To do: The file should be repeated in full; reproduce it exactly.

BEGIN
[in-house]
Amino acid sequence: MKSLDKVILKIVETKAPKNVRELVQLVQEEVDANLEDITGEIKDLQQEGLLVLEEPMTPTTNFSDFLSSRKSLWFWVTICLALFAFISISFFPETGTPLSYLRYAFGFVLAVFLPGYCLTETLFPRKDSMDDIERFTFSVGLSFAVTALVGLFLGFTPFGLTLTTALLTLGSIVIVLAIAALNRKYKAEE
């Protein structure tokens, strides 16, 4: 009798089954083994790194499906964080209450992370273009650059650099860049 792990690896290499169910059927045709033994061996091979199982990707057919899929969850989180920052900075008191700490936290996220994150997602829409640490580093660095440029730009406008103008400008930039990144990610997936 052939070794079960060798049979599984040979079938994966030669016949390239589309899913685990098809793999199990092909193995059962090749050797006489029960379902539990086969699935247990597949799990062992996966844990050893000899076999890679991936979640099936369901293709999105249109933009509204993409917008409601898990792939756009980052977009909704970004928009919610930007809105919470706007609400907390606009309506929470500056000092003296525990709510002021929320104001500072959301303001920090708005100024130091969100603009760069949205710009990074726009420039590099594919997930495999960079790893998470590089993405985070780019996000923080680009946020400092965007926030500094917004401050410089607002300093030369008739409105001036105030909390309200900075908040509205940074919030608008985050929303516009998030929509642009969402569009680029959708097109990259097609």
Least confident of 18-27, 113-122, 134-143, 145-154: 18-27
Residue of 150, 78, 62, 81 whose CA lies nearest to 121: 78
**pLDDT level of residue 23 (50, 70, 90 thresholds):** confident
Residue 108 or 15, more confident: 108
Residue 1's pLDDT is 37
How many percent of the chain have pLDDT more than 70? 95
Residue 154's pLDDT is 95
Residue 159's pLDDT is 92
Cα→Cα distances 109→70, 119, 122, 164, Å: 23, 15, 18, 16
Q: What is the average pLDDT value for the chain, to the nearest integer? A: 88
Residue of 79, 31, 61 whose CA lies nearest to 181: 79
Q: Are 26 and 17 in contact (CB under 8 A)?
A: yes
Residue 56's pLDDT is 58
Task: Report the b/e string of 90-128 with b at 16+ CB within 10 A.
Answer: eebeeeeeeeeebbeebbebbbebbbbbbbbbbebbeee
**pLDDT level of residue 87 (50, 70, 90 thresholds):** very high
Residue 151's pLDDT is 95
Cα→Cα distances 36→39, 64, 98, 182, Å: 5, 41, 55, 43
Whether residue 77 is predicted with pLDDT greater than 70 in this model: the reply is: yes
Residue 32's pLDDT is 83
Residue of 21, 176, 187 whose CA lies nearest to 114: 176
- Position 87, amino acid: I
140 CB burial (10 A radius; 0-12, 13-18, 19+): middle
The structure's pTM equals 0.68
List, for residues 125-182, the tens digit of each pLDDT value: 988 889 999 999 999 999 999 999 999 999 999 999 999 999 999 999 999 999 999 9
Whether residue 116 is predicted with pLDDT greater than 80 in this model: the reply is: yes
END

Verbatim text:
[in-house]
Amino acid sequence: MKSLDKVILKIVETKAPKNVRELVQLVQEEVDANLEDITGEIKDLQQEGLLVLEEPMTPTTNFSDFLSSRKSLWFWVTICLALFAFISISFFPETGTPLSYLRYAFGFVLAVFLPGYCLTETLFPRKDSMDDIERFTFSVGLSFAVTALVGLFLGFTPFGLTLTTALLTLGSIVIVLAIAALNRKYKAEE
């Protein structure tokens, strides 16, 4: 009798089954083994790194499906964080209450992370273009650059650099860049 792990690896290499169910059927045709033994061996091979199982990707057919899929969850989180920052900075008191700490936290996220994150997602829409640490580093660095440029730009406008103008400008930039990144990610997936 052939070794079960060798049979599984040979079938994966030669016949390239589309899913685990098809793999199990092909193995059962090749050797006489029960379902539990086969699935247990597949799990062992996966844990050893000899076999890679991936979640099936369901293709999105249109933009509204993409917008409601898990792939756009980052977009909704970004928009919610930007809105919470706007609400907390606009309506929470500056000092003296525990709510002021929320104001500072959301303001920090708005100024130091969100603009760069949205710009990074726009420039590099594919997930495999960079790893998470590089993405985070780019996000923080680009946020400092965007926030500094917004401050410089607002300093030369008739409105001036105030909390309200900075908040509205940074919030608008985050929303516009998030929509642009969402569009680029959708097109990259097609």
Least confident of 18-27, 113-122, 134-143, 145-154: 18-27
Residue of 150, 78, 62, 81 whose CA lies nearest to 121: 78
**pLDDT level of residue 23 (50, 70, 90 thresholds):** confident
Residue 108 or 15, more confident: 108
Residue 1's pLDDT is 37
How many percent of the chain have pLDDT more than 70? 95
Residue 154's pLDDT is 95
Residue 159's pLDDT is 92
Cα→Cα distances 109→70, 119, 122, 164, Å: 23, 15, 18, 16
Q: What is the average pLDDT value for the chain, to the nearest integer? A: 88
Residue of 79, 31, 61 whose CA lies nearest to 181: 79
Q: Are 26 and 17 in contact (CB under 8 A)?
A: yes
Residue 56's pLDDT is 58
Task: Report the b/e string of 90-128 with b at 16+ CB within 10 A.
Answer: eebeeeeeeeeebbeebbebbbebbbbbbbbbbebbeee
**pLDDT level of residue 87 (50, 70, 90 thresholds):** very high
Residue 151's pLDDT is 95
Cα→Cα distances 36→39, 64, 98, 182, Å: 5, 41, 55, 43
Whether residue 77 is predicted with pLDDT greater than 70 in this model: the reply is: yes
Residue 32's pLDDT is 83
Residue of 21, 176, 187 whose CA lies nearest to 114: 176
- Position 87, amino acid: I
140 CB burial (10 A radius; 0-12, 13-18, 19+): middle
The structure's pTM equals 0.68
List, for residues 125-182, the tens digit of each pLDDT value: 988 889 999 999 999 999 999 999 999 999 999 999 999 999 999 999 999 999 999 9
Whether residue 116 is predicted with pLDDT greater than 80 in this model: the reply is: yes